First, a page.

And of course, Karane counters with a pocky stick that inevitably finds its way straight to Rentaro’s other eye socket. If he’s taking this much damage just with two girlfriends, I can’t imagine how he’ll survive the affections of all one hundred

Kaede Hondo is doing a terrific job as Hakari’s voice actress. Love her sobs just dissipating into this absolute wail of despair as her pocky plan is defeated

Huh, apparently she also plays Maple in Bofuri. Quite some range, clearly. Also Sakura in Zombie Land Saga, which was probably good practice for this nonsense

Karane is countered by Hakari boob-swiping her out of the way. What am I supposed to say about this show

“They went so far to kiss a guy like me… that’s so sweet!” Once again, an unspoken gag in how swiftly the show veers from complete lunacy to ostensibly heartfelt romantic moments. It’s basically making a game of how preposterously unearned its tonal shifts can be – which in turn feels like a genre-savvy riff on how frequently shows like this try to guide the audience’s emotions with cheap tricks like upbeat piano melodies and slow zooms

At the same time, it is encouraging genuinely positive lessons like working to communicate your desires honestly with your partner, even if it is in the most absurd possible context

Rentaro apparently spent all night running simulations as to how to make both of them the happiest girls in the world, and has already got a plan for precisely this situation

He recommends a blind first kiss scenario, by introducing ambiguity regarding who actually received the first kiss. Glad to see his keen scientific mind being applied to such worthy challenges

Dear lord, he’s actually developed a blind randomization engine specifically for engineering two ambiguously timed kisses. The boy is a genius of polyamory

Hakari outright praises him for concocting something out of Liar’s Game, saving me the opportunity

“But why would anyone break a pinky swear? You’d have to stick a needle in your eye – you’d lose your eyesight!” See, this is why the whole production works: in spite of Rentaro’s keen analytical mind, he is still ultimately the Goodest Boy you could possibly imagine, who will clearly make all one hundred of his girlfriends happier than they could otherwise ever hope to be

Being blindfolded, Rentaro of course immediately jabs Hakari’s boob and voids the test

And then a cat starts batting at the dangly threads of Karane’s panties. Just your usual double blind first kiss complications

Hakari and Karane start arguing again after several more failed attempts, a scene that demonstrates both the strengths and the limitations of this show’s art direction. There’s a lot of personality in their expressions as they bicker, but basically no actual fluid movement – the designs are just too complicated for a production with modest animator resources to truly capture in motion. But every anime production is defined by aesthetic compromises, and I think this team made the right choice here; rather than simplify the manga’s designs for the sake of animated fluidity, they’re working to capture the distinctive, detailed aesthetic that made the original compelling in the first place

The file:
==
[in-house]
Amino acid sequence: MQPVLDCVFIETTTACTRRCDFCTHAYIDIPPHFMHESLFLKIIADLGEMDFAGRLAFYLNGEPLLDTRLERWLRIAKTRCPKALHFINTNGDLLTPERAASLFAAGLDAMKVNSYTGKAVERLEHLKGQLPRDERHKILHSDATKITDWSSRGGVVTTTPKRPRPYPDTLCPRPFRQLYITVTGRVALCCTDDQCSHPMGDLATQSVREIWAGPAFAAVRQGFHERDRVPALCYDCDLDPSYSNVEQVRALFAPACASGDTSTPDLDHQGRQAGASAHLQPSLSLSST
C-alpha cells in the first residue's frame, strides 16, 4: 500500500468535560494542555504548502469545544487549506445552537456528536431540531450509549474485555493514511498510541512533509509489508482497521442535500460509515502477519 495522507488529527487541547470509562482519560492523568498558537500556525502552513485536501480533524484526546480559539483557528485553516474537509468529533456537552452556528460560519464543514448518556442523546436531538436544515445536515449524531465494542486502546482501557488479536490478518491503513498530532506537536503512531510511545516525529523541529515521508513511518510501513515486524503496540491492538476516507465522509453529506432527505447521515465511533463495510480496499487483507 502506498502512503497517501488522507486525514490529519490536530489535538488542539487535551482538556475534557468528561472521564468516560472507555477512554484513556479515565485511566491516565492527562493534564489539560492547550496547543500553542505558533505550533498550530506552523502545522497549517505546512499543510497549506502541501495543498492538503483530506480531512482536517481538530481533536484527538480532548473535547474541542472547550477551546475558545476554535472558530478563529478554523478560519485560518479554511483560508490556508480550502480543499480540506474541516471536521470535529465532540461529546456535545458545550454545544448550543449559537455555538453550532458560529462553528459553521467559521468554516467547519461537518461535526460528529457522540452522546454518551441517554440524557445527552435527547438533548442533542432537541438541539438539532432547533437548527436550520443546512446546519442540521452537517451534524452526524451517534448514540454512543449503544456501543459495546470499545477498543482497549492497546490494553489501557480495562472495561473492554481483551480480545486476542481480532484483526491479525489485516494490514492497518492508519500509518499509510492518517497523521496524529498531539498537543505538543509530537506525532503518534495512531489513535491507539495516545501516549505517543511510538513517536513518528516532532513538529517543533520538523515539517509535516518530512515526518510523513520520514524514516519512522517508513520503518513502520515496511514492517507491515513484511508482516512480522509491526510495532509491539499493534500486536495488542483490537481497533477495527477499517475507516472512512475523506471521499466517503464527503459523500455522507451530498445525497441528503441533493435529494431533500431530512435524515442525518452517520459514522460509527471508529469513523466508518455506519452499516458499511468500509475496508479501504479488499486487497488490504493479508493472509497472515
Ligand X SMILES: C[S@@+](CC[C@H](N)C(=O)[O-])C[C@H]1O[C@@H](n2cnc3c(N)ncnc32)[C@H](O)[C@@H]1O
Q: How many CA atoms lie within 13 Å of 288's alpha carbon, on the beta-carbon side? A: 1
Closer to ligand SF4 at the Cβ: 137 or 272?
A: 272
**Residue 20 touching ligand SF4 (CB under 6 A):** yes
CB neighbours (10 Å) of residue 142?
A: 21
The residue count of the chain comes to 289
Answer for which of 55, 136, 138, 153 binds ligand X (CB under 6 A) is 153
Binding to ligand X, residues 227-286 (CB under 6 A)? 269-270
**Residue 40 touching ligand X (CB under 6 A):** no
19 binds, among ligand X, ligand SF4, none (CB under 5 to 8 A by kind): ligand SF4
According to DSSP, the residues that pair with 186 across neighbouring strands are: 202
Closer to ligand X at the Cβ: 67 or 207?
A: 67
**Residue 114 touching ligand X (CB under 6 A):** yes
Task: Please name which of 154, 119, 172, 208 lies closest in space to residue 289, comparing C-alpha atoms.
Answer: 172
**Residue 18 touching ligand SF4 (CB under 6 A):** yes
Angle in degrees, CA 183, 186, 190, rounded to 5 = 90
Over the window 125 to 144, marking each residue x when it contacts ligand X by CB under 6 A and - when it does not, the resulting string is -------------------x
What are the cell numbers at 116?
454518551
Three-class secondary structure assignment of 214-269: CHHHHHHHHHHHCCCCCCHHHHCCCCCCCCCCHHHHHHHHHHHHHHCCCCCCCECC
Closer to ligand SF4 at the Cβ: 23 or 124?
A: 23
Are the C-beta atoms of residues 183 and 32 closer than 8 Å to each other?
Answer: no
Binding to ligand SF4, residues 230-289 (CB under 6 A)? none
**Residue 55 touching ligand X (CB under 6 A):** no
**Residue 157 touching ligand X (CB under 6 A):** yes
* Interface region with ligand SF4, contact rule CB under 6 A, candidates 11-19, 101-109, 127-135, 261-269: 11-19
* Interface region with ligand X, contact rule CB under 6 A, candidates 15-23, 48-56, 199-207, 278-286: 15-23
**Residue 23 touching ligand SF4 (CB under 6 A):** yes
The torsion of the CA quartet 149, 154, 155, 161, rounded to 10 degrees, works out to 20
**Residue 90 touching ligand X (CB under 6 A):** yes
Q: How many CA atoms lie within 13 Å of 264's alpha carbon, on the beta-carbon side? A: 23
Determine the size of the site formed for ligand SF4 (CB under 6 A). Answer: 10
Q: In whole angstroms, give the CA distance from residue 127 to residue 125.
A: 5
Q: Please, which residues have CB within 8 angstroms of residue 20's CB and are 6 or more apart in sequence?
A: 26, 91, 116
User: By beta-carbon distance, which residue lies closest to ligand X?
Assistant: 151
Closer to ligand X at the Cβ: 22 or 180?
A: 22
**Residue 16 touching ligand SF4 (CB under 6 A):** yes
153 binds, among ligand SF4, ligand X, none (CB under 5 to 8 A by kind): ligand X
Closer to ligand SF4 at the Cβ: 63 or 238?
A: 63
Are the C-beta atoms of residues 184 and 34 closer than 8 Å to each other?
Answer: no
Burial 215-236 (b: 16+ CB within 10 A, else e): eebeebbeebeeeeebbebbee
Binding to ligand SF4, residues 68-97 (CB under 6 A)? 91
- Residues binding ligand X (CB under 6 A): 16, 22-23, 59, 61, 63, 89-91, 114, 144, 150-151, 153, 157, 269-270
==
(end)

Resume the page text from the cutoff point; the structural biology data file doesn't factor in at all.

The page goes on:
Rentaro actually runs off, blaming himself for being a “useless, inexperienced boyfriend.” Again taking a role that would traditionally be assigned to the girl in these stories, a tactic this story is effectively employing to ensure he seems just as fragile and vulnerable as his girlfriends, thereby balancing the relationships’ power dynamics

“I know this is selfish, but I want my girlfriends to get along.” Yeah, things will swiftly get impossibly messy if he can’t manage that

With Karane and Hakari having affirmed their respect for each other’s feelings towards Rentaro, he suggests a collective three person kiss. Another excellent way to counterbalance the inherent lopsidedness of this arrangement: if all the girlfriends are each other’s girlfriends as well

And we end on the introduction of soulmate number three!

And Done

Excellent work, team! Sure, we might have sustained some injuries along the way, and there was that one time Rentaro almost fell off the roof, but our initial lovey-dovey trio have nonetheless passed the rite of passage that was their collective first kiss. Along the way, we also explored the unexpected logistical challenges of a double blind first kiss scenario, as well as the growing respect and affection shared by Karane and Hakari. Attempting to create a “wholesome” story about a man’s acquisition of one hundred girlfriends seemed like an impossible task, but 100 Girlfriends is doing a terrific job of portraying Rentaro as just as earnest and lovable as his lovestruck companions. It’s absurd, it’s endearing, it’s a perfectly lovely time.

This article was made possible by reader support. Thank you all for all that you do.